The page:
According to research published in the American Journal of Clinical Nutrition, habitual drinking of 3 cups/day or more of coffee is not associated with an increased risk for hypertension compared with less than 1 cup/day.  The study did a meta-analysis of six different trials that looked at a total of 172,567 participants.  They did find, however, a slight increase in hypertension in people who drank 1-3 cups compared to those who drank 0 or 1 cup/day.  There seemed to be no sex difference and there was no difference between smokers and non-smokers.

A couple of points should be noted.  They were unable to distinguish the effects of caffeinated and decaffeinated coffee, differences in serving size and brew strength.  We know that a cup of Sanka might be different than an espresso.  Also, all of the studies were performed in white populations.

While it is not the definitive answer, it does help  (white) coffee drinkers that drink over three cups a day know that it doesn't increase blood pressure.

(yummy cappuccino from The Steps of Rome, North Beach, San Francisco)

Saturday, April 23, 2011

How Drug Marketing Influences Use

There is do doubt that the way pharmaceutical companies market drugs to both doctors and consumers sways prescribing and drives up health costs.  Prescription drug costs have outpaced other health care spending and are predicted to exceed the growth rates for hospital care and physician services going forward from 2010-2019.

Two researchers (Howard Brody, MD, PHD, University of Texas Medical Galveston and Donald Wright, PhD,  University of Medicine and Dentistry of New Jersey) have outlined 6 things that have a large effect on physicians and lead us into prescribing drugs that may not be needed.   It's not just the pharmaceutical marketing that has led us to this is also how journals publish literature that physicians rely on for changing medical practice.  Here are the 6 strategies that influence us:
  •  Reducing thresholds for diagnosing disease.  For example, a diabetes diagnosis used to be fasting blood sugar above 130.  Now it is glucose above 100.  There is no evidence that tight control leads to improved outcomes in preventing stroke, total mortality, blindness or renal failure.  Early detection  is a good thing if it helps with diet and exercise but recent data shows that the intensive therapy (HbA 1c-<6%) group did worse.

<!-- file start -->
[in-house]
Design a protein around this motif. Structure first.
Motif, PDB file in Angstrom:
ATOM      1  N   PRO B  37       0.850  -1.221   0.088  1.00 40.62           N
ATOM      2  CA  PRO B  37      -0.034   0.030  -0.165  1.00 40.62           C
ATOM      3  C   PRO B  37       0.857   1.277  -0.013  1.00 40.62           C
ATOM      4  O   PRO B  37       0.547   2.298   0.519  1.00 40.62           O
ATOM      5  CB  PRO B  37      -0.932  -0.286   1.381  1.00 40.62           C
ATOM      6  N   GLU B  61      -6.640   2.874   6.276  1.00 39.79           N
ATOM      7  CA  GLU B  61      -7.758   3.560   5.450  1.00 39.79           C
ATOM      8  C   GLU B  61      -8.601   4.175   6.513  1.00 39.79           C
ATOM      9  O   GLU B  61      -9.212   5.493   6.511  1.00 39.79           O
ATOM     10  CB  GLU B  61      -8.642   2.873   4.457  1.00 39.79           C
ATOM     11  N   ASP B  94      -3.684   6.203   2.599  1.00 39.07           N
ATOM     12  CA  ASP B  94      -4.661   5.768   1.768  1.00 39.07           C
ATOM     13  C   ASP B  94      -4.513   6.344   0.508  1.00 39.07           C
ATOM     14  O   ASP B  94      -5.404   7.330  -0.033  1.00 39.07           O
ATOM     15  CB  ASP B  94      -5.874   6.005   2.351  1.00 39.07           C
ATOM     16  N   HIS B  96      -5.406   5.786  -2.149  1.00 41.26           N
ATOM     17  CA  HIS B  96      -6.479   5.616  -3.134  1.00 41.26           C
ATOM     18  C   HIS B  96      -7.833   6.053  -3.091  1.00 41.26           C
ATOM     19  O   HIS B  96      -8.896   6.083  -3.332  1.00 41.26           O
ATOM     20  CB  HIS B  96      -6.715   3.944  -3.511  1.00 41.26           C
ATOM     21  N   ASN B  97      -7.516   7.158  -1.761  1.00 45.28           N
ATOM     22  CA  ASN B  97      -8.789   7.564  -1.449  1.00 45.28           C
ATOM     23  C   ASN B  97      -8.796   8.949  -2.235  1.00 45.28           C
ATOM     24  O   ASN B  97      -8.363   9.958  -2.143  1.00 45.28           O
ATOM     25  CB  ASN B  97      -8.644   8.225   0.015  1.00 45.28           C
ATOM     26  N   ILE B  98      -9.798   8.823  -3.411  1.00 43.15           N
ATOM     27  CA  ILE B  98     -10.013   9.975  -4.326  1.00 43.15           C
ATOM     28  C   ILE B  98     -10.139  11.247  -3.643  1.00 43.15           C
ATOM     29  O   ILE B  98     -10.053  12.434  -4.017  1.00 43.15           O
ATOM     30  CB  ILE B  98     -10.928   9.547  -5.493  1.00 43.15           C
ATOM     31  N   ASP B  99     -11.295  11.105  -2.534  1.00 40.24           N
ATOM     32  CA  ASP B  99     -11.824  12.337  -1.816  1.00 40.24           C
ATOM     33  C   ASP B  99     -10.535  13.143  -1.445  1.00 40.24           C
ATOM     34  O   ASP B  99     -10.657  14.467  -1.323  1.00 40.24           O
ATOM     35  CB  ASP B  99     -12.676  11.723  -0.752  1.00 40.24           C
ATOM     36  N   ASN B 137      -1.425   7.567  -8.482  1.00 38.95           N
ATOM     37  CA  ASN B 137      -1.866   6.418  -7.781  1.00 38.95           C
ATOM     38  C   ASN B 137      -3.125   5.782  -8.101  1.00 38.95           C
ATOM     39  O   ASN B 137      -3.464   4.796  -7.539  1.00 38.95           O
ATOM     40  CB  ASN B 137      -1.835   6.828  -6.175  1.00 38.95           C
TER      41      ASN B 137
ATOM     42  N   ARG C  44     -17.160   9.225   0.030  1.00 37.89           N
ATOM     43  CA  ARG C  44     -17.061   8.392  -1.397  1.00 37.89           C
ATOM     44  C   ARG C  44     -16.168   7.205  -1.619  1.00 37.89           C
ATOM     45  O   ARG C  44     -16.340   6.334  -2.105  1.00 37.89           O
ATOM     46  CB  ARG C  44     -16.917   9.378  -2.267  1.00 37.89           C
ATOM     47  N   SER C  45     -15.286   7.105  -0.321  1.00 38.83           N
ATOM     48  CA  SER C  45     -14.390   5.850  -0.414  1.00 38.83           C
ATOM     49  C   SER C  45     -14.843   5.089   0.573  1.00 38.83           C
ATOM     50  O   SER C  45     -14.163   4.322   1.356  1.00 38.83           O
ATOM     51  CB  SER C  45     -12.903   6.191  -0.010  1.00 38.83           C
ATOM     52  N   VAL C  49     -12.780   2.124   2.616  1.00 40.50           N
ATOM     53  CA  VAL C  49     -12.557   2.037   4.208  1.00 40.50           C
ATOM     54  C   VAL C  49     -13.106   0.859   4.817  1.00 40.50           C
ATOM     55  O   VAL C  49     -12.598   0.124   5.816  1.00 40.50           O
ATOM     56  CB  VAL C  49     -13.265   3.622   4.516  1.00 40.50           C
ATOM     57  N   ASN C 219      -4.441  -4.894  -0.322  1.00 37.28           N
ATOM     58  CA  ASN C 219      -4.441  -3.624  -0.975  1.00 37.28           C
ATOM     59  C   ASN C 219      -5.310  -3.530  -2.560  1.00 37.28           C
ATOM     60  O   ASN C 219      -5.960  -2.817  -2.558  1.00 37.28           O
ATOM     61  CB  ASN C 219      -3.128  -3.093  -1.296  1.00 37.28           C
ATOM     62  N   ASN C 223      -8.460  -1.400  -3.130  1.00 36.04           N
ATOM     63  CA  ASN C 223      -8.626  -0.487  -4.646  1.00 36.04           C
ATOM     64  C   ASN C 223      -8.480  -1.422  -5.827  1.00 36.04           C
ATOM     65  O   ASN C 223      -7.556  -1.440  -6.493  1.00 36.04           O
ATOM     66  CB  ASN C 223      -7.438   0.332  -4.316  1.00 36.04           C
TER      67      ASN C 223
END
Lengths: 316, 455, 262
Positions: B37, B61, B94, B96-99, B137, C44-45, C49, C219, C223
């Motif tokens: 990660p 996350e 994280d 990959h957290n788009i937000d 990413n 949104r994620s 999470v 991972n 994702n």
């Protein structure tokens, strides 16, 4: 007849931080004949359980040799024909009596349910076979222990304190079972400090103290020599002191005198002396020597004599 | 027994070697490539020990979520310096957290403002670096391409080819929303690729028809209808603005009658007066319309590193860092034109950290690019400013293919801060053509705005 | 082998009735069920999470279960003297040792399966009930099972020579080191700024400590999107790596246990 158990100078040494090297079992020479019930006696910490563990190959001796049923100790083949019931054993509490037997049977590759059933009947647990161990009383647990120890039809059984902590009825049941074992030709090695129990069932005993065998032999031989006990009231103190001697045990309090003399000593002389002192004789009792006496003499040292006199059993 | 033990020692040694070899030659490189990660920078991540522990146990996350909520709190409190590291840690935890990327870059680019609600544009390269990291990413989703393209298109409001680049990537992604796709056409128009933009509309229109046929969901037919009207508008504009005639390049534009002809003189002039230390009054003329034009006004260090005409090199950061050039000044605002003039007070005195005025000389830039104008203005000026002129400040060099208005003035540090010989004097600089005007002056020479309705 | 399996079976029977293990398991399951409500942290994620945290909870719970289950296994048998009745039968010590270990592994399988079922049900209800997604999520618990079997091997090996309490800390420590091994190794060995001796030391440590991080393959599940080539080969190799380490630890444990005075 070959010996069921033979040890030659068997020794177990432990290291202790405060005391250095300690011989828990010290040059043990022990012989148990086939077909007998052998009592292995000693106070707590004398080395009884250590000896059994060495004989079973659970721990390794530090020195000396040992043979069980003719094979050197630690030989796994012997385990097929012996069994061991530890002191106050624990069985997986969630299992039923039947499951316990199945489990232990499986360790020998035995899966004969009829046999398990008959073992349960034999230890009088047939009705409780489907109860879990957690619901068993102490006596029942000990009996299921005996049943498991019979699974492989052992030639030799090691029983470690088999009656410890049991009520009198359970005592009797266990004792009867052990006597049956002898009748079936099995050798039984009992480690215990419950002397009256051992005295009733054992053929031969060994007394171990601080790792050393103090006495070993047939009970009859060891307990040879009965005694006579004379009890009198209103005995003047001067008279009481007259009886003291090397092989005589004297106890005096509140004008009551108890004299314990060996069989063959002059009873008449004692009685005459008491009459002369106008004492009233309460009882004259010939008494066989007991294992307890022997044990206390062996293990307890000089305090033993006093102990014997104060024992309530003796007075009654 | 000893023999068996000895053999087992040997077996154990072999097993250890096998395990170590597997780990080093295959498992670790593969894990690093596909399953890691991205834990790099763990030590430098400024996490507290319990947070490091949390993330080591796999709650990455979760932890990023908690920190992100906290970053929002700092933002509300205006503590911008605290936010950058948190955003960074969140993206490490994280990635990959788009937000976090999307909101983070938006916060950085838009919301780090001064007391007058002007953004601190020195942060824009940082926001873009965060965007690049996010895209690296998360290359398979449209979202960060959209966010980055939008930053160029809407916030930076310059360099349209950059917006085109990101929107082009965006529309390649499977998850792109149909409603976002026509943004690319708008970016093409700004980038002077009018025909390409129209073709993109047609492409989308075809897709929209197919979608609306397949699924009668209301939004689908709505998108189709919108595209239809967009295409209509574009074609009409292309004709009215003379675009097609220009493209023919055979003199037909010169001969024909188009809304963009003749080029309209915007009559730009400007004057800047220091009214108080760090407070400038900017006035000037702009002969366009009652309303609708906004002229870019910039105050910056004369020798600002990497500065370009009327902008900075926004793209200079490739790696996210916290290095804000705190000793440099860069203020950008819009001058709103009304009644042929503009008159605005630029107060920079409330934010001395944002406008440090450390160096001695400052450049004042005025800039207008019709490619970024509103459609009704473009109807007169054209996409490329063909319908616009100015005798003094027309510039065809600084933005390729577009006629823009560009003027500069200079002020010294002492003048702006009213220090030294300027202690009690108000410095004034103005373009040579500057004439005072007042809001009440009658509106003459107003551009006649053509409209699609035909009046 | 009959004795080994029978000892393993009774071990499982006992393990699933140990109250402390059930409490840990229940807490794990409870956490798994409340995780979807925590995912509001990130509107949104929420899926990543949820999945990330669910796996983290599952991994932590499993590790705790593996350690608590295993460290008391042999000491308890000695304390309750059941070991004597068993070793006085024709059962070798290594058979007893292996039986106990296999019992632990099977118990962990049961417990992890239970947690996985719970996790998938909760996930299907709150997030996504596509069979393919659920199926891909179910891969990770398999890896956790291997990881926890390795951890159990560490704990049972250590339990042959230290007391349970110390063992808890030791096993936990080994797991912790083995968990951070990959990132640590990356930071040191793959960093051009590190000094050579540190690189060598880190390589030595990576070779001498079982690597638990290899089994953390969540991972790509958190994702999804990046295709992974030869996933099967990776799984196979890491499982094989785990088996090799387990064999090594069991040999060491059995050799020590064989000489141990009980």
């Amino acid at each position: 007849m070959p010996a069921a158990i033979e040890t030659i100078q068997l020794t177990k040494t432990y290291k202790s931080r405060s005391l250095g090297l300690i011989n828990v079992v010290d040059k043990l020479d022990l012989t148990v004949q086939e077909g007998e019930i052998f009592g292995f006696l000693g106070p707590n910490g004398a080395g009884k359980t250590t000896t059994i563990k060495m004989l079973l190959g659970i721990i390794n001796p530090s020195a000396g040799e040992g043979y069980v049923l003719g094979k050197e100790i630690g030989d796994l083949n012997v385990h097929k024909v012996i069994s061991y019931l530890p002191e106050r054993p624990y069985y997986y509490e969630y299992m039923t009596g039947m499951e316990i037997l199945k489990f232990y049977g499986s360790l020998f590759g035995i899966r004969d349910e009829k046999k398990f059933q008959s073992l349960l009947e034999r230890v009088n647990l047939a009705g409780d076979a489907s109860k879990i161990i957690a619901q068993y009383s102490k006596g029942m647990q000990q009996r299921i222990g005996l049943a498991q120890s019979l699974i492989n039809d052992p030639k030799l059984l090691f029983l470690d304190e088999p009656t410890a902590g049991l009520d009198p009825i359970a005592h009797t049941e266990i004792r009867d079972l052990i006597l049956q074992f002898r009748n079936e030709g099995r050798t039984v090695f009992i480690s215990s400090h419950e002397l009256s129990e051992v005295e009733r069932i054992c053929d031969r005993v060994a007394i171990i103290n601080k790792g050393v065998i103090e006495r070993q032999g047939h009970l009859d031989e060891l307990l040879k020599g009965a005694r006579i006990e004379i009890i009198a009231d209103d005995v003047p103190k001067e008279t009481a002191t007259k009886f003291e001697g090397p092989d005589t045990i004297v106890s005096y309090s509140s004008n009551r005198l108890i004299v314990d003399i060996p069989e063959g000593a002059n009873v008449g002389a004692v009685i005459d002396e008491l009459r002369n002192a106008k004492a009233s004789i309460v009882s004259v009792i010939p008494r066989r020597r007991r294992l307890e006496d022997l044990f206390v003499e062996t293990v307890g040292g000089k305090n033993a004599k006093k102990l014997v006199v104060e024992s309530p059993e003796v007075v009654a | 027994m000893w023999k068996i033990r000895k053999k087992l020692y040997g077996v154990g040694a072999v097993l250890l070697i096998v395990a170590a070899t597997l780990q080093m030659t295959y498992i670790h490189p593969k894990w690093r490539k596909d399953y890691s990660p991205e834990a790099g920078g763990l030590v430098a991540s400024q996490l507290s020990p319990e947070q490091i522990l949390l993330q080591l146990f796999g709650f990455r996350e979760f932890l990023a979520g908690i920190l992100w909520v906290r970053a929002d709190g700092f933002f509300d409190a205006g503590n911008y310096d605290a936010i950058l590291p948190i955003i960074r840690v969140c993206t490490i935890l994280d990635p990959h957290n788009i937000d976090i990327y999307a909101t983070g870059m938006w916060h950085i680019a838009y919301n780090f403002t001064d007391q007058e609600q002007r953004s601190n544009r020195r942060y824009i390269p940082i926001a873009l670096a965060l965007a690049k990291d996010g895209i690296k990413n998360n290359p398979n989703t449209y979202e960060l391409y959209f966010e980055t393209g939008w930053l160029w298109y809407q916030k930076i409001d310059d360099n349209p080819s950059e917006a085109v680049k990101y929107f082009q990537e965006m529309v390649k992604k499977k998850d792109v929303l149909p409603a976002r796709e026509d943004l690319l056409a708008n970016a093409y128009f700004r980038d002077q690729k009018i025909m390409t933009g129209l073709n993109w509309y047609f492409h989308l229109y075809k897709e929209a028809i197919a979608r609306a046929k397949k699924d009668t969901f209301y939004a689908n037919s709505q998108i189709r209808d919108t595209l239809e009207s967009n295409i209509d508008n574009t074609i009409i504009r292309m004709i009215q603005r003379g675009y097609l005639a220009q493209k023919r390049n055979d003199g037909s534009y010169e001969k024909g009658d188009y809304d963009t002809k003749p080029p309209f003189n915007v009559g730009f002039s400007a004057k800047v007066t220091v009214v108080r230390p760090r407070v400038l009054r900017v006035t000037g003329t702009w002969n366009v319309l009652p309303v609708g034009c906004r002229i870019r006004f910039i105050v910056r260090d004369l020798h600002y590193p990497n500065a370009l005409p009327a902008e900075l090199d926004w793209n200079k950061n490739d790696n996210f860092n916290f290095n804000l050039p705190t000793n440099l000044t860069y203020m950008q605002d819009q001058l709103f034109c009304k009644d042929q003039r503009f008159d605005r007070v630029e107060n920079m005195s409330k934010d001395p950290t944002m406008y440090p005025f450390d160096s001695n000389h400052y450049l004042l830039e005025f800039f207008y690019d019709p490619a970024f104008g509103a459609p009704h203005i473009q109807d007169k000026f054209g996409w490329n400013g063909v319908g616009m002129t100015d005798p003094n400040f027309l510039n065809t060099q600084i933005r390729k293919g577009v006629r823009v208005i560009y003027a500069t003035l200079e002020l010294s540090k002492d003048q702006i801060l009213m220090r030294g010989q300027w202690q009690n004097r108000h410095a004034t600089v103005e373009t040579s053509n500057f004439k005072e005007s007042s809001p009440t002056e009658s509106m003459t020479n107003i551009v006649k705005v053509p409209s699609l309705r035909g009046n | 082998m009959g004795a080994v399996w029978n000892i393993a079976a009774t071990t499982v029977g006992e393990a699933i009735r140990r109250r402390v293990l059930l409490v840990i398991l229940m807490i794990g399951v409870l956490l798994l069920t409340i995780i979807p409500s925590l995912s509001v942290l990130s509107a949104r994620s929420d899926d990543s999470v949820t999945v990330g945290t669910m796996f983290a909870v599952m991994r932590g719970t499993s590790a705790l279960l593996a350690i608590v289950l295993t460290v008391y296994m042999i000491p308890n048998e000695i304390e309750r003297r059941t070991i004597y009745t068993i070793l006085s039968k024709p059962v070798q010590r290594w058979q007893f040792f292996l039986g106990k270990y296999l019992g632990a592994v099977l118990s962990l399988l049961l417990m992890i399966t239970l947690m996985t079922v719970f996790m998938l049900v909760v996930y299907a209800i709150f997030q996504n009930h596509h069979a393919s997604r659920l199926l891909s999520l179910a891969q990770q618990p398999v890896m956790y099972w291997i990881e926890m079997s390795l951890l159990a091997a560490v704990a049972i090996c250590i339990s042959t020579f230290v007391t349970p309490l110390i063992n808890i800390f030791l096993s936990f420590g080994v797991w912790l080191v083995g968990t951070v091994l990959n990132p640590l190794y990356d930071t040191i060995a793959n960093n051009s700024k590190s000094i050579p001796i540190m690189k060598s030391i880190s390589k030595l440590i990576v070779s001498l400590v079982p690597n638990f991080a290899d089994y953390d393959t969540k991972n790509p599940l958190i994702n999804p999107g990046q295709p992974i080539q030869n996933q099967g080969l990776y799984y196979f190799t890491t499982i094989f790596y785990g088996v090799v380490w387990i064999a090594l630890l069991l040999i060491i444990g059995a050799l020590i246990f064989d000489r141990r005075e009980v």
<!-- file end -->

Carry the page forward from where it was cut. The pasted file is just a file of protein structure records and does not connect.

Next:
• Relying on surrogate endpoints rather than outcomes as goals.  We know that Statins lower cholesterol.  From 1994-2006 the use of Statin drugs by adults 45 and older increased 10 fold.  In a meta-analysis of 11 clinical trials involving 65,229 participants of high-risk patients without prior cardiovascular disease, the Statin use did not lower all- cause mortality.  Surrogate endpoints make it easier for marketers to make claims that the drug will benefit the patient.
  • Exaggerating safety claims.  When drugs are initially tested, the test population is usually homogeneous and small.  As a larger number of patients take the drugs, the potential for adverse effects increases.  We need to always be aware of this.
  • Exaggerating efficacy claims.  Marketers often emphasis that a new drug is better than an established (lower cost) drug when actually the drug performs no better than the old one.  New drugs might have an advantage for a smaller subset of patients but marketers emphasize the benefit for everyone.
  • Creating "new"  diseases.  Social anxiety disorder (aka: shyness),  Erectile Dysfunction (aka: aging men), Pre-diabetes etc. creates millions of new customers who might benefit, but will also be exposed to high cost and potential side effects.
  • Encouraging unapproved uses.  It is illegal for a pharmaceutical company to market a drug for a non-indicated condition, but that doesn't stop physicians who are on the honorarium payroll from shilling for dollars.  This has been a common practice that has just lately had a light shown on it.
I am not bashing big Pharma here.  They have a product to sell and patients and physicians are the customer.  It is up to physicians to understand the subtle marketing manipulation and published research.  We need to remember that epidemiological data linking a risk factor to a bad outcome does not prove that changing the risk factor by taking a drug will reduce the risk for an individual  patient.

Modern pharmaceuticals are lifesavers and have increased longevity and good health for millions.  But we should always stop and think before we start a patient on a "lifetime" drug if they have no complaints and make sure we are really preventing an outcome, not just a lab test.

(Jama, Vol 305, No.11)

Wednesday, April 20, 2011

Limiting IVF Embryo Transfers

Everyone knows about "Octomom" and her octuplets born after in-vitro fertilization (IVF).  That was an extreme case, but multiple births resulting from unregulated artificial reproductive technologies have skyrocketed over the last decade.  The increased rate of twins, triplets and even higher multiples are due to in-vitro treatments and those women and infants are at much higher risk of pregnancy complications, premature birth and long term health problems.